The following is the first in what I plan to be a series of guest posts from colleagues who share some insight into the writing business. This one comes courtesy of Kate Recore, a successful writer in the the San Diego area who now, along with her writing partner Erin Castelloe, is working on her first non-fiction book. The project deals with Kate’s battle with both epilepsy and the medical profession. I for one can’t wait to read it. – Rich
I’m A Writer
My shower is my office, my car my conference room, and a sink full of dishes and a basket of laundry are my coworkers. I never go home from work. I am a writer.
Immediate question pops up in your mind: What do I write? There’re many ways and reasons to put words on paper. ‘I’m a writer’ is as vague as ‘I’m a volunteer.’
My immediate answer: I write brochures, catalogs, print advertising, and website content. I get paid for copy, and that’s really what you were wondering: Do I actually have a job writing, or do I just like calling myself a writer?
Calling myself a writer is surprisingly hard. A person’s writing can entertain or even inspire, but is more often dismal. If you’re not on a bookshelf, chances are you suck. (Even if you are on a bookshelf you likely suck.)
I know this better than anyone, because I also edit. I have seen the very worst combinations of words ever typed. I’ve also seen words that belong on bestseller lists, but they’re less likely to reach print. The tortured writer is often a terrible salesperson.
I’m not tortured. I’m a born salesperson. I’ve sold everything from hairbrushes to signed Picasso prints (yes, signed BY Picasso, smartass.) But I’m an epic underachiever when it comes to self-promotion. I have barely-mailed query letters coming out my butt.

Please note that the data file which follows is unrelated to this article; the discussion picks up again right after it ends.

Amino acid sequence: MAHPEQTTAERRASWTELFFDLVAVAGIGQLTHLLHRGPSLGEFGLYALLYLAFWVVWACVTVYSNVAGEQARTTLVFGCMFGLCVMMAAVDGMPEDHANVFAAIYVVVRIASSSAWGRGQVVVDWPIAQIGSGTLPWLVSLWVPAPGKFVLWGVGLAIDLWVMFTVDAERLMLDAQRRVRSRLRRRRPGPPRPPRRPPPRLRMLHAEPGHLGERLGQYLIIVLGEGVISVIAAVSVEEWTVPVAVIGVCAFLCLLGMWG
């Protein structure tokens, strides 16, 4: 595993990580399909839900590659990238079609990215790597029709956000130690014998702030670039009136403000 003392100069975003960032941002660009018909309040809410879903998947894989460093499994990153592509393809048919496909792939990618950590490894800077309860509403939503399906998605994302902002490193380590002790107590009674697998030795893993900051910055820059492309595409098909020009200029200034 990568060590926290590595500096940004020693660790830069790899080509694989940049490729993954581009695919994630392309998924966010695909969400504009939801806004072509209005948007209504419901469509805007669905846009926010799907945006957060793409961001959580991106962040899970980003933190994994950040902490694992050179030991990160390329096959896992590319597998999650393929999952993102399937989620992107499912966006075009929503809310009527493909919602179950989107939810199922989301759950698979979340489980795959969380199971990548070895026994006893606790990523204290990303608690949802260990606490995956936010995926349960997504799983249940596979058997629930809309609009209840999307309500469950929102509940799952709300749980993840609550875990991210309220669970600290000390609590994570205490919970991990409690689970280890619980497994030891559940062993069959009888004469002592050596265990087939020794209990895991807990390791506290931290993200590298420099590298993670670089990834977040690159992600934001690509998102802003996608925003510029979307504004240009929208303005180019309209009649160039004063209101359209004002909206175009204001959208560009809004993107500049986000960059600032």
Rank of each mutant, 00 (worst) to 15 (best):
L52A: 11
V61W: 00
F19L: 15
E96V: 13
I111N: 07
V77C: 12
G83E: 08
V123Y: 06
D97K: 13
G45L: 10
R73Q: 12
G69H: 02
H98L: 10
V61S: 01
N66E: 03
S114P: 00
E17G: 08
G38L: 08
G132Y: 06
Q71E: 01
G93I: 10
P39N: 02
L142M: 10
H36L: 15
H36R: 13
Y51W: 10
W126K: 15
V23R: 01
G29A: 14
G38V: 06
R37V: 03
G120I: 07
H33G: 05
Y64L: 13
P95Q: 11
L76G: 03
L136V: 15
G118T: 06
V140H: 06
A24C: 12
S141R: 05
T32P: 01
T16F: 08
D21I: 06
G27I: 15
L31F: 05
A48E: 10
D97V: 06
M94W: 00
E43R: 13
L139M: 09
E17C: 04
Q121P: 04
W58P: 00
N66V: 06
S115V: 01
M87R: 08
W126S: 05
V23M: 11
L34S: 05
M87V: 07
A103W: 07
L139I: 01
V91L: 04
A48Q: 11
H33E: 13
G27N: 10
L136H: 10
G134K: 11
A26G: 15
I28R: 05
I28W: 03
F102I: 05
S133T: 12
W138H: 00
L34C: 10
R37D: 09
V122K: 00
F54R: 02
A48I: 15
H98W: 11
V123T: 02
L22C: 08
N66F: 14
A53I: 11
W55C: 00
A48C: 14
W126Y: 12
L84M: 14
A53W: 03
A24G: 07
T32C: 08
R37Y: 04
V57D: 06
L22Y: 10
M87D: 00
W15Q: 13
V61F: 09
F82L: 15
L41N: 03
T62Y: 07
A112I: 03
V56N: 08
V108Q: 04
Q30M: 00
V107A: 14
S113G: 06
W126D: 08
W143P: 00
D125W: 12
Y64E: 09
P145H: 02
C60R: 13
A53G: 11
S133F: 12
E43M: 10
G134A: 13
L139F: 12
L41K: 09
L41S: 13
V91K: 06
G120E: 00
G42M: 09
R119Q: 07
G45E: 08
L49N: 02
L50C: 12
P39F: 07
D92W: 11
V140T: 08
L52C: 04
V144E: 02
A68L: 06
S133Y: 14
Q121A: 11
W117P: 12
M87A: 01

I came closest to success with screenplays. You have to be familiar with the film industry to understand that an actor you’ve heard of reading your script and an agent buying you lunch puts you near the top of that ladder. Most people don’t get that, so I rarely mention it.
I’ve also written plays, short stories, picture books, poetry, novels, magazine filler and newspaper tidbits. I’ve probably earned a total of $1000 over the last 20 years selling these things. I don’t often mention them, either.
At present I’m writing a biography. It’s boring, depressing, and self-righteous. I hate it. But my story is important. Or is it?
When I begin to doubt, I visit my Facebook page, An Electrifying Journey (shameless plug–yes, please ‘like’ me.) I start to read the messages from people beginning their struggle with epilepsy, a dragon I’ve slain. The women terrified they’ll have a seizure during pregnancy, people making their way through countless medications, parents praying for their children. I lose track of time telling them to ‘stay the course,’ to ‘know they’re not alone,’ trying to reach out and give them virtual hugs.
Yes, I have something worth writing about. It’s the story I was born to write, and in a way, it’s writing me. I wish it would be nicer, but that wouldn’t be very interesting.
I’ve decided everyone should at some point write about their lives. Some should keep it to a page, and some should write a weighty novel. Afterward, everything else will seem easy.
Even screenplays, plays, poems, short stories, picture books and novels.
– By Kate Recore